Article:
Abstract – We have chosen to focus our study on a group of cats living in the Serangoon North Ave 4 estate because of the group’s unique nature in terms of territory. The perimeters of their territory is relatively fixed and situated close to human habitation i.e. the lift lobby of Blk 526. Hence, we aim to observe this group to understand their particular territorial behaviour, as well as the benefits they receive by living together as a group in this area.

“Wild or not-so-wild??- A peek into the world of long-tailed macaques.” By Group 37: Chuan Wei Zhang, Reshma Nair, Toh Jing TIng, Kesavan Nair.
Abstract – Our research focuses on the grooming, mating and foraging behaviour of long-tailed macaques in the wild in Singapore. Through observations at Bukit Timah Nature Reserve, MacRitchie and Seletar Reservoir Parks; our objective was to observe the kinds of interaction between the macaques themselves and with humans. We also observed that learned behaviours stem from habituations and spatial learning. Are the macaques really still wild animals? Based on literature research and our observations, we will attempt to compare the behaviour of these macaques in “urban jungles” as compared to the wild.

“Watching Otters: A Study of Captive Asian Small-Clawed Otters,” by Group 38: Phua Xin Ju Cherlyn, Goh Jin Han Javin, Chua Sui Ling Christine, Mark Rusli.
Abstract – Our group focuses on the behaviour of captive Asian Small-Clawed Otters. Through careful observation of their behaviour in confined settings, we determine if limitations in their physical and social environment have affected their natural behaviour. Such conditions in captivity include their diet, the artificial environment they are in, enforced social structure, and how their physical abilities are restricted. Thus, our paper compares the behaviour of otters in the Singapore Zoological Gardens with that of their natural habitat, and also analyses if otters have adapted their abilities to suit their man-made settings.

“Subterranean Ant Wars,” by Group 39: Danielle Hong Yuan Hua, Tan Tian Hee Elizabeth Joy, Siti Hazariah bte Abu Bakar, Mahathir B Aziz.
Abstract – The objective of our observation of two colonies of Species X ants within the constructed captive space of an ant farm was to determine territorial behavior of both colonies in response to one another. Over the course of three weeks we made both short, intermittent observations (half an hour daily) as well as one observation over a sustained period of time (three to four hours).
What we discovered was that not only did the two colonies settle into burrowing new nests at opposite ends of the farm, they also tried to invade each other’s territories. They also fought over common resources like water and food, which were placed in the middle of a communal area.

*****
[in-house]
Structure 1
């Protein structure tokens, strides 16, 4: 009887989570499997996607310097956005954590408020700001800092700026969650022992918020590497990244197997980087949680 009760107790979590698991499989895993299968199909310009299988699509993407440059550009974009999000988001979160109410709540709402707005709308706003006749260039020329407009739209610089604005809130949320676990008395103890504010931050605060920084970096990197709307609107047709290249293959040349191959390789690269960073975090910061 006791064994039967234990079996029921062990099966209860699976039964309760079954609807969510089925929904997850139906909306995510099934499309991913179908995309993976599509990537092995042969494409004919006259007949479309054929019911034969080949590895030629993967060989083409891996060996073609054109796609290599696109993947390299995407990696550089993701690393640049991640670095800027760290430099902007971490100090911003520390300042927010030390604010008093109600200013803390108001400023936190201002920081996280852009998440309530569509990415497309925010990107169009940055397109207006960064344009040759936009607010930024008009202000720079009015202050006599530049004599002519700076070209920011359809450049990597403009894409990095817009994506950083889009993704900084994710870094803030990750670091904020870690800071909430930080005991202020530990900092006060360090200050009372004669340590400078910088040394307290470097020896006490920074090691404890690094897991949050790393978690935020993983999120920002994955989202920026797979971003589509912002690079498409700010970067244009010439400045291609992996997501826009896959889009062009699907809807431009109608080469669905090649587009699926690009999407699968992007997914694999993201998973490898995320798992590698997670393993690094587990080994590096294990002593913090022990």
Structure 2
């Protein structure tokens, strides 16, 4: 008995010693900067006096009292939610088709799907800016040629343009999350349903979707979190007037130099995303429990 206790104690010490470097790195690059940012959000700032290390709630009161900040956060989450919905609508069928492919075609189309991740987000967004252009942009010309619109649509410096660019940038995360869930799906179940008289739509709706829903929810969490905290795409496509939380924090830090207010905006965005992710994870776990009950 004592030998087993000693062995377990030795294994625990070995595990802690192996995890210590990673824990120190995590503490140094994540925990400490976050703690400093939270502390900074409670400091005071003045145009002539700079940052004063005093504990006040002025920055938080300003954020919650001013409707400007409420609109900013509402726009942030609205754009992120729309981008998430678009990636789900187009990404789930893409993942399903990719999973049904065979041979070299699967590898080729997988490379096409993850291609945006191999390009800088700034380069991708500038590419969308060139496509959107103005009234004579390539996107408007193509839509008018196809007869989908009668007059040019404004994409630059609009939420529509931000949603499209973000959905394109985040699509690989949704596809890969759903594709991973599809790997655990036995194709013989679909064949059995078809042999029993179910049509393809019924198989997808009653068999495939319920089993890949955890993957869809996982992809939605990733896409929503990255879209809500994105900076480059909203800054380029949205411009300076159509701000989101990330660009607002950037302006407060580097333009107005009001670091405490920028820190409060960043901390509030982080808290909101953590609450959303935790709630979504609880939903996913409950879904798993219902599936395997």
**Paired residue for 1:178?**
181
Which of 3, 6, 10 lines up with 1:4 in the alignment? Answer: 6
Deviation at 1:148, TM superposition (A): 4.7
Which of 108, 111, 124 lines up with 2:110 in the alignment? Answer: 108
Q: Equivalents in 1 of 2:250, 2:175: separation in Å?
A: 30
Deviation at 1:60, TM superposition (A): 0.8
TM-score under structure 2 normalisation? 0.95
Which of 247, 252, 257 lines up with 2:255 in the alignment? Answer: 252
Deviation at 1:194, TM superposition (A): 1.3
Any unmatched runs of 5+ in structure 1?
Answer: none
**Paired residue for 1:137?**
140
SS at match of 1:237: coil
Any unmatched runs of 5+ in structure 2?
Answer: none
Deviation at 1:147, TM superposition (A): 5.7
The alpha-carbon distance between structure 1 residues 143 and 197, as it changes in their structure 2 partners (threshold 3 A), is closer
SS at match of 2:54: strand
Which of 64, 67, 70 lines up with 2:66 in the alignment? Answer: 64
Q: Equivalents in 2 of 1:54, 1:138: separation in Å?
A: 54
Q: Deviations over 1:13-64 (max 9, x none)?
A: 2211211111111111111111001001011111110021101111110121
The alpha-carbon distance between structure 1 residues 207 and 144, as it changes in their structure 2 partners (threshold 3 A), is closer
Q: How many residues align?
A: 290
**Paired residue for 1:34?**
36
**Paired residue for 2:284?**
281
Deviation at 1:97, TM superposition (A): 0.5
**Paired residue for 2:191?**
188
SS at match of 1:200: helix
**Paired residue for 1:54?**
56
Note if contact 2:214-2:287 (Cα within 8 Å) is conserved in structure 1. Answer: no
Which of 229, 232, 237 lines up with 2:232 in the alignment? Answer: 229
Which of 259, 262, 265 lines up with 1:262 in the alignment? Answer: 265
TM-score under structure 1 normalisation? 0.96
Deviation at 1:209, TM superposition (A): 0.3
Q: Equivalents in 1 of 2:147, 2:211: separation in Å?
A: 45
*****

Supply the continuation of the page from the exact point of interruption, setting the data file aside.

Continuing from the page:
“Tool Using Behaviour of Chimpanzees (Pan troglodytes) in wild and captivity,” by Group 40: Koh Jing How, Ho Wenjie Jerry, Peh Shiyun, Poh Ping Xiong.
Abstract – The common chimpanzee, Pan troglodytes, is closest living animal relative to mankind and is one of the few living species on the planet that is known to use tools to acquire food. For our project, we visited the Singapore Zoological Gardens, where the chimpanzee enclosure had feeding stations that required the captive chimpanzees to use tools to get to the food. We compared the behavioural tool use of the captive chimpanzee to that of the Chimpanzees in the wild, as recorded in various research papers. We also observed the how the chimpanzees engaged in social learning of new skills. Our results revealed that behaviours of wild and captive chimpanzees were very much similar.

Day 5, Concurrent Session 1

16 Apr 2009: 10.00am – 11.15am.
Venue: LS Lab 7A
Panel: Enoka PK Vidanage, Goh Seok Ping & Sivasothi.

“Social Behaviour of Pochards: Fiction with a Twist”, by Group 41: Choong Chyi Horng, Ong Geok Suan Jerline, Loo Shang Yi Aubrey, Tay Fang Sheng Matthew.
Abstract – The purpose of our study is to explore interactions between the European and red-crested Pochards. We hypothesize that due to captivity, the red-crested and European Pochards will display heightened interactive behaviours between each other. Through observations and interviews, with the staff of Jurong Bird Park, it is shown that there is little inter-species interaction. Only intra-species interaction can be seen within the red-crested pochards. However, the results were not the same with the European Pochards,. The male and 2 female European Pochards keeps to themselves, showing little or no interaction. These lack of inter-species interaction gives rise to doubts about the pochards hybrid mating preferences and interactions as can be observed in the wild.

“Aggression Study On Hamsters”, by Group 42:Neo Jun Jie Jeremy, Tay Hui Ping, Byron Jevan Koh, Cheong Cherlynn.